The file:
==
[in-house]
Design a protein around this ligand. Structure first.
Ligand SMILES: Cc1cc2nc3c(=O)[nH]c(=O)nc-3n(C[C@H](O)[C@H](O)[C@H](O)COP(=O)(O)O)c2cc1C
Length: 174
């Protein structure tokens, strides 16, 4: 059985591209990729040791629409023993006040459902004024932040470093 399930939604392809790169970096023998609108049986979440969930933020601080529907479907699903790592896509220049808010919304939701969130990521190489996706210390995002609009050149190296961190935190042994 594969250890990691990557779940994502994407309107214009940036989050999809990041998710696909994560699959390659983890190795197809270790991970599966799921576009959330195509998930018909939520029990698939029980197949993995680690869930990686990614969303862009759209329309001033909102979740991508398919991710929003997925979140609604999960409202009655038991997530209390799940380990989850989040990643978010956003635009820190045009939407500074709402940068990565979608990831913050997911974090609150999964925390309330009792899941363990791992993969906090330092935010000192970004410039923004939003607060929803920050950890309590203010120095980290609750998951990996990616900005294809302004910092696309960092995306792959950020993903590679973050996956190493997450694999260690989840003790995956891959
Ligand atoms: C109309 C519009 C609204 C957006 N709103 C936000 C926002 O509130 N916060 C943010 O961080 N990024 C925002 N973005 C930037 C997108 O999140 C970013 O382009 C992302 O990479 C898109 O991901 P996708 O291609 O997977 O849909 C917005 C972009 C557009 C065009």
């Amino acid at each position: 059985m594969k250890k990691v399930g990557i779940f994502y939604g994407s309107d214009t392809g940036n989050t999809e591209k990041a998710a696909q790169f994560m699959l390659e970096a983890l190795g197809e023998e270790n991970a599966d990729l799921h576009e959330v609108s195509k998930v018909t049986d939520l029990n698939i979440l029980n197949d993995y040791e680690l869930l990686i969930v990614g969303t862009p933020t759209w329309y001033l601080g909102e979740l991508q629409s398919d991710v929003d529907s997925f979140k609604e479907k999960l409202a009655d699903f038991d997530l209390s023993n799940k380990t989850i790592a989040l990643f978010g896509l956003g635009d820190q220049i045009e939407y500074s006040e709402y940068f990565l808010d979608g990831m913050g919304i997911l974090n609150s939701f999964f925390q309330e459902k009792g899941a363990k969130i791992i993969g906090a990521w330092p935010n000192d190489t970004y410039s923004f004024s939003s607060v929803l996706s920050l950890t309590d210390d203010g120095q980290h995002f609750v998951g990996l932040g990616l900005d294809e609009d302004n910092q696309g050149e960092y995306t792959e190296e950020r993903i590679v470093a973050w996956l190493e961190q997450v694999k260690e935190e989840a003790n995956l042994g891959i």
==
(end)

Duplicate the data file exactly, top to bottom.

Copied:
[in-house]
Design a protein around this ligand. Structure first.
Ligand SMILES: Cc1cc2nc3c(=O)[nH]c(=O)nc-3n(C[C@H](O)[C@H](O)[C@H](O)COP(=O)(O)O)c2cc1C
Length: 174
């Protein structure tokens, strides 16, 4: 059985591209990729040791629409023993006040459902004024932040470093 399930939604392809790169970096023998609108049986979440969930933020601080529907479907699903790592896509220049808010919304939701969130990521190489996706210390995002609009050149190296961190935190042994 594969250890990691990557779940994502994407309107214009940036989050999809990041998710696909994560699959390659983890190795197809270790991970599966799921576009959330195509998930018909939520029990698939029980197949993995680690869930990686990614969303862009759209329309001033909102979740991508398919991710929003997925979140609604999960409202009655038991997530209390799940380990989850989040990643978010956003635009820190045009939407500074709402940068990565979608990831913050997911974090609150999964925390309330009792899941363990791992993969906090330092935010000192970004410039923004939003607060929803920050950890309590203010120095980290609750998951990996990616900005294809302004910092696309960092995306792959950020993903590679973050996956190493997450694999260690989840003790995956891959
Ligand atoms: C109309 C519009 C609204 C957006 N709103 C936000 C926002 O509130 N916060 C943010 O961080 N990024 C925002 N973005 C930037 C997108 O999140 C970013 O382009 C992302 O990479 C898109 O991901 P996708 O291609 O997977 O849909 C917005 C972009 C557009 C065009």
């Amino acid at each position: 059985m594969k250890k990691v399930g990557i779940f994502y939604g994407s309107d214009t392809g940036n989050t999809e591209k990041a998710a696909q790169f994560m699959l390659e970096a983890l190795g197809e023998e270790n991970a599966d990729l799921h576009e959330v609108s195509k998930v018909t049986d939520l029990n698939i979440l029980n197949d993995y040791e680690l869930l990686i969930v990614g969303t862009p933020t759209w329309y001033l601080g909102e979740l991508q629409s398919d991710v929003d529907s997925f979140k609604e479907k999960l409202a009655d699903f038991d997530l209390s023993n799940k380990t989850i790592a989040l990643f978010g896509l956003g635009d820190q220049i045009e939407y500074s006040e709402y940068f990565l808010d979608g990831m913050g919304i997911l974090n609150s939701f999964f925390q309330e459902k009792g899941a363990k969130i791992i993969g906090a990521w330092p935010n000192d190489t970004y410039s923004f004024s939003s607060v929803l996706s920050l950890t309590d210390d203010g120095q980290h995002f609750v998951g990996l932040g990616l900005d294809e609009d302004n910092q696309g050149e960092y995306t792959e190296e950020r993903i590679v470093a973050w996956l190493e961190q997450v694999k260690e935190e989840a003790n995956l042994g891959i």